STEMinist Profile: Brooke Ann Napier, PhD Candidate, Microbiology and Molecular Genetics

Brooke Ann Napier

Brooke Ann Napier

Ph.D. Candidate, Microbiology and Molecular Genetics
Emory University

What inspired you to pursue a career in STEM?
The ingredients of my career: one good science teacher (8th grade biology – Ms. Riddel) and a hunger for understanding why and how things work. In 8th grade I learned that biology was intuitive, and by just paying attention to what was going on around you and a little elbow grease you could find the answers to pretty much any question! By college my questions were getting smaller and more specific and I realized that my teachers didn’t know the answers – and that drive influenced me to join a PhD program.

What is the coolest project you have worked on and why?
I can’t pick a single one!! However, my current project is looking at a new emerging bacterial pathogen that is multi- and pan-drug resistant. There are huge questions about how and why this bacterium replicates and causes disease – because I am in the right place at the right time I get the chance to elucidate if this bacterium replicates intracellularly, extracellularly, or both! If I am lucky I will be able to discover how and why this soil bacterium has taken a turn for the worst and is infecting ICU patients in hospitals around the US.

Role models and heroes:
I have a few: Craig Venter, I admire his ingenuity and zest for answering questions that people are too scared to approach. Bill Bryson, he’s not particularly a scientist, however there has to be something said for someone who can take very difficult topics like the history of science or the structure of a house and turn them into something not only interesting but approachable. And, Sarah Scoles, she has dedicated her career to giving her students the ability and the confidence to become scientists (as I mentioned before, you just need one good teacher).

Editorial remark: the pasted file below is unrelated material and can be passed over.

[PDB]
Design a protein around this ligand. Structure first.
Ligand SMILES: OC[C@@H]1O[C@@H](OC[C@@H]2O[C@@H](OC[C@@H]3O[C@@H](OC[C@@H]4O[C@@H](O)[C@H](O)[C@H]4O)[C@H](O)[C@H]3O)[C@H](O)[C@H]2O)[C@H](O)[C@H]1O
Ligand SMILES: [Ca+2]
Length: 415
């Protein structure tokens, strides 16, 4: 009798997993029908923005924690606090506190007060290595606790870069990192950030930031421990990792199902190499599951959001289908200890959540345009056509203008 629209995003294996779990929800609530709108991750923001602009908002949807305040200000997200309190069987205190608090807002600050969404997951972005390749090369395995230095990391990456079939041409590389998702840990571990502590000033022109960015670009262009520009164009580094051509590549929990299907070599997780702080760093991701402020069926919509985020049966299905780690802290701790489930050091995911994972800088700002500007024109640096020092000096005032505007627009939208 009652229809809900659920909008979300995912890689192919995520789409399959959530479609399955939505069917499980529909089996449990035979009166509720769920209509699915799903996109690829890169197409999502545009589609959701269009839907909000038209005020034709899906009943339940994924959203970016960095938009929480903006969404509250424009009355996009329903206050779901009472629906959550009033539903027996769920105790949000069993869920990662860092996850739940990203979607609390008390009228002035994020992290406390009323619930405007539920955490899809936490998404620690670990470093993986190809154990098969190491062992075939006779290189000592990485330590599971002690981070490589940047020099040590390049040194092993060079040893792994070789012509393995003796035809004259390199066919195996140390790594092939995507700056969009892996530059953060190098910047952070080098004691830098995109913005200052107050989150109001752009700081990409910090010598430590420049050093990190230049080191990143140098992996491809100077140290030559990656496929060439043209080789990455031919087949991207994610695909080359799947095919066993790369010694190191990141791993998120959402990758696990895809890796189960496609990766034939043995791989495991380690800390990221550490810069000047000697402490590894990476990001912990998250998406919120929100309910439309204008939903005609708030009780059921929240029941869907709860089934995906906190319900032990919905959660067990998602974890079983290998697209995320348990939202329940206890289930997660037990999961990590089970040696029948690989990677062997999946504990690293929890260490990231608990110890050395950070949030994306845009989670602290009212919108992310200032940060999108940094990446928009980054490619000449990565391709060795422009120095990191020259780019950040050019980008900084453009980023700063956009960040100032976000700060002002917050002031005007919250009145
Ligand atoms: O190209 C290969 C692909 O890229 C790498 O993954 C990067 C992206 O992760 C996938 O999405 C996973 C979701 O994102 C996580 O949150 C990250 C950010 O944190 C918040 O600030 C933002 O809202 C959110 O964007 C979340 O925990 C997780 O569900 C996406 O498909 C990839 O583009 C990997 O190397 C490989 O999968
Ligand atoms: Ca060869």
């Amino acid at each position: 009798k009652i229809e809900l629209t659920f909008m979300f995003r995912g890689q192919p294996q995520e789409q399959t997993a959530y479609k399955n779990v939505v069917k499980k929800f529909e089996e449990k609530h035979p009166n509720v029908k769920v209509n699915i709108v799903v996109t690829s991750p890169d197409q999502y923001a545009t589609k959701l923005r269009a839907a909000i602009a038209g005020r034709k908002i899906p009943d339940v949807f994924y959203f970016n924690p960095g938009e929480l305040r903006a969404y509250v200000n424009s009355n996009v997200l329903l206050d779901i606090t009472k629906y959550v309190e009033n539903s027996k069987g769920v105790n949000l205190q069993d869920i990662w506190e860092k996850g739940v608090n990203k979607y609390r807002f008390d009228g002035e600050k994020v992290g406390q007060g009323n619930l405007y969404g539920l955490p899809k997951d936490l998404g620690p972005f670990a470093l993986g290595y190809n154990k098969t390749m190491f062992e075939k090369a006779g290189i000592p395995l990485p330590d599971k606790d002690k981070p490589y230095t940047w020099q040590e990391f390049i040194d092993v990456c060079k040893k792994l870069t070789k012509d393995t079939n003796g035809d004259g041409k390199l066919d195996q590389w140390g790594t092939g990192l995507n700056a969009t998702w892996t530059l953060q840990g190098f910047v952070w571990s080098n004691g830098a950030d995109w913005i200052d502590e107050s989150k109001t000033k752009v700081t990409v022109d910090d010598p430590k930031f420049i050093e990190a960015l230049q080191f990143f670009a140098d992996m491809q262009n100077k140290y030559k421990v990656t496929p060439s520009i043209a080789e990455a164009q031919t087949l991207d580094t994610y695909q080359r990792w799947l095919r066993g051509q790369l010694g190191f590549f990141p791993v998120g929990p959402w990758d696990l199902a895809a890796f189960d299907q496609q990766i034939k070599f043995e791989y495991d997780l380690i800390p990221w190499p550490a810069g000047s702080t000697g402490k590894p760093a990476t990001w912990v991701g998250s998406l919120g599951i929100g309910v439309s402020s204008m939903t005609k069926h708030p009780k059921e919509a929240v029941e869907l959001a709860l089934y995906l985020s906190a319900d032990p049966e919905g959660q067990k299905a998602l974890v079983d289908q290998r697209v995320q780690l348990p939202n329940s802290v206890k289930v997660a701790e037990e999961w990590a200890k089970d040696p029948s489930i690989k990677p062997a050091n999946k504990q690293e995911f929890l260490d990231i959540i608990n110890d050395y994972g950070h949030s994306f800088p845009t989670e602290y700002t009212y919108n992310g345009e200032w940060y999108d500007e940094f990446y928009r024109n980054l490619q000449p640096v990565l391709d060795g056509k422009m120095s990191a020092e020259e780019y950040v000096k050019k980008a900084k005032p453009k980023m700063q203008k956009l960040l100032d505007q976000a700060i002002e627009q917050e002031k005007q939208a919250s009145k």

Advice for future STEMinists?
Never think you’re not smart enough. For some reason science and math has gotten a reputation for being “too hard” and that’s absurd! Science is very intuitive and needs to be taught with care so that it is approachable and fun.

Also, if you’re looking for advice about graduate school – study, study, study, AND make friends with people in high places! Stay after class and talk to your professor about what you went over that day, write emails to researchers or scientists that impress you – get your face and name out there!

Favorite website or app:
I love science blogs and nothing is better than a website that brings you tons of science blogs all organized into specific areas of interest!

Twitter: @smallerquestions

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